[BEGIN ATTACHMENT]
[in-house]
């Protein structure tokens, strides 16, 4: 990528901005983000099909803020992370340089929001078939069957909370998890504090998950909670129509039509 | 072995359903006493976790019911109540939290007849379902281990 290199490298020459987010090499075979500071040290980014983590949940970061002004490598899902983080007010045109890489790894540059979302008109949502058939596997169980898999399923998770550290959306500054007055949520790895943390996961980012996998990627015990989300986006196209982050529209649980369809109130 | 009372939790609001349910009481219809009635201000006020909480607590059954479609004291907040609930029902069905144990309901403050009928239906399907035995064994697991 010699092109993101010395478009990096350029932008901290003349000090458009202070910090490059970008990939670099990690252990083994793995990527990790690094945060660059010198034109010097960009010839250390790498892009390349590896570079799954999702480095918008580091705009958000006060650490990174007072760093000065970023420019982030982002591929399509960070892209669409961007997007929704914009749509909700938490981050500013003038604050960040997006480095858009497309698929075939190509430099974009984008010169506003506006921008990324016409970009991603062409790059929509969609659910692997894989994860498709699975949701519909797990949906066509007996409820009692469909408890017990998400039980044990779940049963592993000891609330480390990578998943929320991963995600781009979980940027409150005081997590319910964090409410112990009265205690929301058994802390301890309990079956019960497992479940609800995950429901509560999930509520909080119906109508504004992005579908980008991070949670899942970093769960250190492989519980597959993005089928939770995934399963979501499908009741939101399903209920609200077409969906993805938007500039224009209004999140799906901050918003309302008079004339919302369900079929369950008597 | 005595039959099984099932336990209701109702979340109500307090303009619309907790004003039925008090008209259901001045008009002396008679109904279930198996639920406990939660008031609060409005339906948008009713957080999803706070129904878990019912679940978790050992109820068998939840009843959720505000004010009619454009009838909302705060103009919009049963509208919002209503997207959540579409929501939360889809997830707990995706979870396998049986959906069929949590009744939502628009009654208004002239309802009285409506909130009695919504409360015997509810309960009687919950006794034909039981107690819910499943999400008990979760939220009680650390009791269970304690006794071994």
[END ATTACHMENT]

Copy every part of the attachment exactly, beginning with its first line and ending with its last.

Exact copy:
[in-house]
């Protein structure tokens, strides 16, 4: 990528901005983000099909803020992370340089929001078939069957909370998890504090998950909670129509039509 | 072995359903006493976790019911109540939290007849379902281990 290199490298020459987010090499075979500071040290980014983590949940970061002004490598899902983080007010045109890489790894540059979302008109949502058939596997169980898999399923998770550290959306500054007055949520790895943390996961980012996998990627015990989300986006196209982050529209649980369809109130 | 009372939790609001349910009481219809009635201000006020909480607590059954479609004291907040609930029902069905144990309901403050009928239906399907035995064994697991 010699092109993101010395478009990096350029932008901290003349000090458009202070910090490059970008990939670099990690252990083994793995990527990790690094945060660059010198034109010097960009010839250390790498892009390349590896570079799954999702480095918008580091705009958000006060650490990174007072760093000065970023420019982030982002591929399509960070892209669409961007997007929704914009749509909700938490981050500013003038604050960040997006480095858009497309698929075939190509430099974009984008010169506003506006921008990324016409970009991603062409790059929509969609659910692997894989994860498709699975949701519909797990949906066509007996409820009692469909408890017990998400039980044990779940049963592993000891609330480390990578998943929320991963995600781009979980940027409150005081997590319910964090409410112990009265205690929301058994802390301890309990079956019960497992479940609800995950429901509560999930509520909080119906109508504004992005579908980008991070949670899942970093769960250190492989519980597959993005089928939770995934399963979501499908009741939101399903209920609200077409969906993805938007500039224009209004999140799906901050918003309302008079004339919302369900079929369950008597 | 005595039959099984099932336990209701109702979340109500307090303009619309907790004003039925008090008209259901001045008009002396008679109904279930198996639920406990939660008031609060409005339906948008009713957080999803706070129904878990019912679940978790050992109820068998939840009843959720505000004010009619454009009838909302705060103009919009049963509208919002209503997207959540579409929501939360889809997830707990995706979870396998049986959906069929949590009744939502628009009654208004002239309802009285409506909130009695919504409360015997509810309960009687919950006794034909039981107690819910499943999400008990979760939220009680650390009791269970304690006794071994």